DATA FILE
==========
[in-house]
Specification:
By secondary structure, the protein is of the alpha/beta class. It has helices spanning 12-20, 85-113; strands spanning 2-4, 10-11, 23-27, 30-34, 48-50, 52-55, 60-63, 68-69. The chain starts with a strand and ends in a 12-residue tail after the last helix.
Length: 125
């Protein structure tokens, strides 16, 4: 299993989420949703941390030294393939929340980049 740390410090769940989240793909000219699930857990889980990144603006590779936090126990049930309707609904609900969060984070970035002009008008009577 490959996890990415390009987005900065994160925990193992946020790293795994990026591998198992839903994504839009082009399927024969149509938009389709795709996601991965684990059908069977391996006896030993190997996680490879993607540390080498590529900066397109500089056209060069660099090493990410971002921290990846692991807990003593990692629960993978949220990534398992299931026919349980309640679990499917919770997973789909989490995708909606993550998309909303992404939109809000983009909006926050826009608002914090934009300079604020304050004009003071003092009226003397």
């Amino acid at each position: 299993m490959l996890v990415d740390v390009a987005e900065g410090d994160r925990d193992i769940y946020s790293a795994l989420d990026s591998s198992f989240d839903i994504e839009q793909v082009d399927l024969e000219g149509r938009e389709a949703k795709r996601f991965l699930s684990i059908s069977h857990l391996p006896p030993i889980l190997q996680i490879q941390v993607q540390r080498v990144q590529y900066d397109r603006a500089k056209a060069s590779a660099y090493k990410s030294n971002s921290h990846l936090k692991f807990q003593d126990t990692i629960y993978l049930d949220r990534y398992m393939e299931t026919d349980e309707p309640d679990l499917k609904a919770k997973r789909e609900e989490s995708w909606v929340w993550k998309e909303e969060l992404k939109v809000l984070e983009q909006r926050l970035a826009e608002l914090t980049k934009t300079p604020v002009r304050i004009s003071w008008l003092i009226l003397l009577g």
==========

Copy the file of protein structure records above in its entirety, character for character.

[in-house]
Specification:
By secondary structure, the protein is of the alpha/beta class. It has helices spanning 12-20, 85-113; strands spanning 2-4, 10-11, 23-27, 30-34, 48-50, 52-55, 60-63, 68-69. The chain starts with a strand and ends in a 12-residue tail after the last helix.
Length: 125
């Protein structure tokens, strides 16, 4: 299993989420949703941390030294393939929340980049 740390410090769940989240793909000219699930857990889980990144603006590779936090126990049930309707609904609900969060984070970035002009008008009577 490959996890990415390009987005900065994160925990193992946020790293795994990026591998198992839903994504839009082009399927024969149509938009389709795709996601991965684990059908069977391996006896030993190997996680490879993607540390080498590529900066397109500089056209060069660099090493990410971002921290990846692991807990003593990692629960993978949220990534398992299931026919349980309640679990499917919770997973789909989490995708909606993550998309909303992404939109809000983009909006926050826009608002914090934009300079604020304050004009003071003092009226003397």
């Amino acid at each position: 299993m490959l996890v990415d740390v390009a987005e900065g410090d994160r925990d193992i769940y946020s790293a795994l989420d990026s591998s198992f989240d839903i994504e839009q793909v082009d399927l024969e000219g149509r938009e389709a949703k795709r996601f991965l699930s684990i059908s069977h857990l391996p006896p030993i889980l190997q996680i490879q941390v993607q540390r080498v990144q590529y900066d397109r603006a500089k056209a060069s590779a660099y090493k990410s030294n971002s921290h990846l936090k692991f807990q003593d126990t990692i629960y993978l049930d949220r990534y398992m393939e299931t026919d349980e309707p309640d679990l499917k609904a919770k997973r789909e609900e989490s995708w909606v929340w993550k998309e909303e969060l992404k939109v809000l984070e983009q909006r926050l970035a826009e608002l914090t980049k934009t300079p604020v002009r304050i004009s003071w008008l003092i009226l003397l009577g």